By Mike Stroud, 2008
|3. Savannah, Birthplace of Prince Hall Masonry in Georgia Marker|
|Located in Savannah's Emmet Park|
On March 2, 1784, African Lodge #1 petitioned the Grand Lodge of England, the Premier or Mother Grand Lodge of the world, for a warrant (or charter), to organize a regular Masonic lodge, with all the rights and privileges thereunto prescribed. The Grand Lodge of England issued a charter on September 29, 1784 to African Lodge #459, the first lodge of Blacks in America. The time is now 1866, Brother James M. Simms already having been made a Mason, knew that in Savannah, there were a number of brethren of a receptive mind who craved the light of Masonry. Several of those brethren were free men and under the usage of Masonry and were qualified to receive the secrets of the order.
Even though the smell of gunpowder and the echoing of cannons of the civil war; the fight for freedom and the great struggle of the North and the South was ongoing, the formation of a Masonic Lodge was on the minds of men of color for many years. At that time colored men were not allowed to have any gatherings what so ever except for religious purposes. Immediately after President Lincoln issued the Emancipation Proclamation the brethren who were interested in the formation of a Lodge started to hold meetings. Several attempts were made to establish a Lodge but it was very difficult to secure the required number of Masons to assist in the work. The work was, therefore delayed. Finally a dispensation was granted by the Prince Hall Grand Lodge of Massachusetts on February 4 A.D. 1866, A.L. 5866 and Eureka No. 11 A.F. & A. M was organized. The first Lodge room was located in the building which today occupies the site of the Chatham Bank and Trust Company located west of Johnson Square.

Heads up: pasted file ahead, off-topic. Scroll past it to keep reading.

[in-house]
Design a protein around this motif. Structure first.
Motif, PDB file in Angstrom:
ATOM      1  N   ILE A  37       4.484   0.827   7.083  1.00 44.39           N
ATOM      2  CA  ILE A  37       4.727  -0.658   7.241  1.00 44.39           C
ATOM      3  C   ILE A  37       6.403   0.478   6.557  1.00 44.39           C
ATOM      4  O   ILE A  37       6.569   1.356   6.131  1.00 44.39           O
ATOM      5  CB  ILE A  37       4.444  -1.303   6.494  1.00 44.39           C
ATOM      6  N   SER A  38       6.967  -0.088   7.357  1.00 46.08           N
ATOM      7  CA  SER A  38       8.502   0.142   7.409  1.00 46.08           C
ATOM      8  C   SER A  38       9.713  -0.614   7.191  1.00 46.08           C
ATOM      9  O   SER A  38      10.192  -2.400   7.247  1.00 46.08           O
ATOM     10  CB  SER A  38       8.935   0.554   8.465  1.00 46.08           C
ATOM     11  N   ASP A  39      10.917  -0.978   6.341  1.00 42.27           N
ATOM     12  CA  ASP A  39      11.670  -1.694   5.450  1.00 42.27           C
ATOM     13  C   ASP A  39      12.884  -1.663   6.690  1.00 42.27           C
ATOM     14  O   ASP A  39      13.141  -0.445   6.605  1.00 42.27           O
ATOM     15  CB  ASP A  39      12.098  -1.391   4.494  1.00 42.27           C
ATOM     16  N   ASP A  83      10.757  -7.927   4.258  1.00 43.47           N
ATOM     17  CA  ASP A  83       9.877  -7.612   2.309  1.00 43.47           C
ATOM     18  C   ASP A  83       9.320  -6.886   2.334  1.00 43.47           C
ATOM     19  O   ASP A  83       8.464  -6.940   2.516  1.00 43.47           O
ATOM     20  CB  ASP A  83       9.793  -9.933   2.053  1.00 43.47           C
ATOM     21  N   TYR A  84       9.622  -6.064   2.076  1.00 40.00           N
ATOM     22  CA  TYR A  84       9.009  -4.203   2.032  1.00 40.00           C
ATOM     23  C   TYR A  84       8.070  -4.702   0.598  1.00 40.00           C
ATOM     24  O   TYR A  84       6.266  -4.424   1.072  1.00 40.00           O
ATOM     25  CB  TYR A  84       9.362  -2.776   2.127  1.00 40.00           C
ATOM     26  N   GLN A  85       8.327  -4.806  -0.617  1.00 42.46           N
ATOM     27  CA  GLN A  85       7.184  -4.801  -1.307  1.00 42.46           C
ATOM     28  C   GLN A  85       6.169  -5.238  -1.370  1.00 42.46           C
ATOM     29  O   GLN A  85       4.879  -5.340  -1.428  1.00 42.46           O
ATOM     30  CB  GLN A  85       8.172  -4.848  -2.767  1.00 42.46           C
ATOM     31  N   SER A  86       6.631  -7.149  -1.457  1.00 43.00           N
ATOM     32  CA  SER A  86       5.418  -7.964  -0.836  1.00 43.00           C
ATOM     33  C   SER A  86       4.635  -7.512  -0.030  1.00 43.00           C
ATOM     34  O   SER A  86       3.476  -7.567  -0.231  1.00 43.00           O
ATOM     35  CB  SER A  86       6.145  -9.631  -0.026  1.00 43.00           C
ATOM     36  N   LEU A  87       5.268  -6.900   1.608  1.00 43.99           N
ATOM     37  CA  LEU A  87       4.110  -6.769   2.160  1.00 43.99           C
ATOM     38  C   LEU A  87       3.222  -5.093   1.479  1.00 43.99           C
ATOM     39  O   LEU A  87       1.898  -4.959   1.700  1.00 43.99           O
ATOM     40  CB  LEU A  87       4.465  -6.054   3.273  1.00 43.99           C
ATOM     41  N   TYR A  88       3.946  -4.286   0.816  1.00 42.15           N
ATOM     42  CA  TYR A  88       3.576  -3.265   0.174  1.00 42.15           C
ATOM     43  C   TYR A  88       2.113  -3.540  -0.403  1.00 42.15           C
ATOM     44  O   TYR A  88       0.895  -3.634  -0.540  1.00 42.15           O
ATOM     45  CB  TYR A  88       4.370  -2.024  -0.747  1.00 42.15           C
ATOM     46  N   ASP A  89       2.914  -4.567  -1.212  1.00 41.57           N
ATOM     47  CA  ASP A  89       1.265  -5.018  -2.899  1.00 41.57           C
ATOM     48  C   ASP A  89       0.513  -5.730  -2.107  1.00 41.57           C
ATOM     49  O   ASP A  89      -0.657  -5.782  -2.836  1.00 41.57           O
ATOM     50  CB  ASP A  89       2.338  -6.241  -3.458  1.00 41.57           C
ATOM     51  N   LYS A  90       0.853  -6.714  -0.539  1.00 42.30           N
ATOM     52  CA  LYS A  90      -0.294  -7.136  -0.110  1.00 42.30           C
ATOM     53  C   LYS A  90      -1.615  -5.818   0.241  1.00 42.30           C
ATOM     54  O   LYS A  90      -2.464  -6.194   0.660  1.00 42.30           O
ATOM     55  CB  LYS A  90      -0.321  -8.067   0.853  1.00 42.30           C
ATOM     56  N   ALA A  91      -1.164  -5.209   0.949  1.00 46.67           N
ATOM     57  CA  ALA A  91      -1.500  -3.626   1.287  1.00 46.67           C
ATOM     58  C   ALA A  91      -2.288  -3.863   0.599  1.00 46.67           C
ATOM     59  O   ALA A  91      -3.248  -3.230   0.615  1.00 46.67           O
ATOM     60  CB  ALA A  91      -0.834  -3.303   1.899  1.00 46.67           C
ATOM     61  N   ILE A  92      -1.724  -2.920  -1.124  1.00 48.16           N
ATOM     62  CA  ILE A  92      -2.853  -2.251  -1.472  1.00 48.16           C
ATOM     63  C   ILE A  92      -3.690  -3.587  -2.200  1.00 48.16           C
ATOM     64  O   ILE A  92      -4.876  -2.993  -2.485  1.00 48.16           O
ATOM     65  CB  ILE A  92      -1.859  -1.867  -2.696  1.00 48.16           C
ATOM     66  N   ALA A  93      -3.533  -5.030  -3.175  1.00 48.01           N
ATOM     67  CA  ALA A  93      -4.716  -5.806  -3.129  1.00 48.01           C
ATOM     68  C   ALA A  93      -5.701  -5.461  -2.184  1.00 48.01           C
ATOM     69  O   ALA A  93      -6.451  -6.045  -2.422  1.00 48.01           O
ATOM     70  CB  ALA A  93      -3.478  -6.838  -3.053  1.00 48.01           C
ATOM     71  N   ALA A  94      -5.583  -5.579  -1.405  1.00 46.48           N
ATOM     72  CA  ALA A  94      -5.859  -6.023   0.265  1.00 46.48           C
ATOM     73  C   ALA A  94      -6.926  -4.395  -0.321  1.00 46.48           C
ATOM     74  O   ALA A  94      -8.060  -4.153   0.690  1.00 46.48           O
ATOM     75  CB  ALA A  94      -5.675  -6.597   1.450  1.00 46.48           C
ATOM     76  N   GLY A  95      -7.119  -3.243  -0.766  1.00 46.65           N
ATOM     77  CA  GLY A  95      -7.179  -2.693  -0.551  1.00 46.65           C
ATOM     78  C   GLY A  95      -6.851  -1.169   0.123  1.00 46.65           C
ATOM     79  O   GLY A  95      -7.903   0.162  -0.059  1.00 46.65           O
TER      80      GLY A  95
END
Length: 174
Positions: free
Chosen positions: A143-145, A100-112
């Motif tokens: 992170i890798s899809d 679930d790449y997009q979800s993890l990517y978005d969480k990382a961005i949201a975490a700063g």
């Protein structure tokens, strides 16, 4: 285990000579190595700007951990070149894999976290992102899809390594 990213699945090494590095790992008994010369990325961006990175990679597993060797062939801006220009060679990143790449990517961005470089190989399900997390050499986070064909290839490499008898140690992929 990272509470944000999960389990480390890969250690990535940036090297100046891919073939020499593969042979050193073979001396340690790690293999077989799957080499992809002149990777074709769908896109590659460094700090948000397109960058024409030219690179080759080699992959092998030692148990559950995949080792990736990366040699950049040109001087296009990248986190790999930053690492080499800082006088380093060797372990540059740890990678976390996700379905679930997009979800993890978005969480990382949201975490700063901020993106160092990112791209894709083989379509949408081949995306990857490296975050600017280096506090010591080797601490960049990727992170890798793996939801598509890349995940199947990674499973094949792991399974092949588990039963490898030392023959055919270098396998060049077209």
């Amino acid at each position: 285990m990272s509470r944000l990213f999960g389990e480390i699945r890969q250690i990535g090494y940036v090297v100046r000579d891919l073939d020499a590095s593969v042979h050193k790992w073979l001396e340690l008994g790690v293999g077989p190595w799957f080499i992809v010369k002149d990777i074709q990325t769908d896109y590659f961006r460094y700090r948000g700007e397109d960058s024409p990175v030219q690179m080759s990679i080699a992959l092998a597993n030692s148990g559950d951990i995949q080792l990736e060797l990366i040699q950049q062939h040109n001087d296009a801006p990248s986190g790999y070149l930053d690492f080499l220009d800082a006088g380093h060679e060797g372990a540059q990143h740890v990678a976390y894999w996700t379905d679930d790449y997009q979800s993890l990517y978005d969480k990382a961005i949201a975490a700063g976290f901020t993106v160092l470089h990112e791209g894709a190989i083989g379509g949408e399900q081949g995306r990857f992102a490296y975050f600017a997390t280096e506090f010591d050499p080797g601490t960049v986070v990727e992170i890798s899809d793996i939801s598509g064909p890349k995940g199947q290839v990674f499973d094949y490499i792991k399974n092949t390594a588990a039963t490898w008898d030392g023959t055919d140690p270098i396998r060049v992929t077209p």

Bro. James M. Simms was appointed District Deputy Grand Master for the area, which covered Georgia, Florida, and Alabama. The Prince Hall Grand Lodge of Massachusetts granted the Charter for Eureka No. 11 A. F. & A. M. on 24 June 1866. At its exception, the Lodge grew to such a large number that some of the brethren were given their demits so that in September of the same year John T. Hilton Lodge No.13 in avannah could be formed being granted a dispensation by the Prince Hall Grand Lodge of Massachusetts. Bro. James Jackson helped to organize Banneker Lodge No. 38 in Augusta, Georgia. The Grand Lodge of Pennsylvania granted the dispensation.
— Submitted March 12, 2008, by Mike Stroud of Bluffton, South Carolina.
Credits. This page originally submitted on March 12, 2008, by Mike Stroud of Bluffton, South Carolina. This page has been viewed 6,599 times since then. Photos: 1. submitted on March 12, 2008, by Mike Stroud of Bluffton, South Carolina. 2. submitted on October 6, 2012, by Brian Scott of Anderson, South Carolina. 3. submitted on November 23, 2008, by Mike Stroud of Bluffton, South Carolina. • Christopher Busta-Peck was the editor who published this page.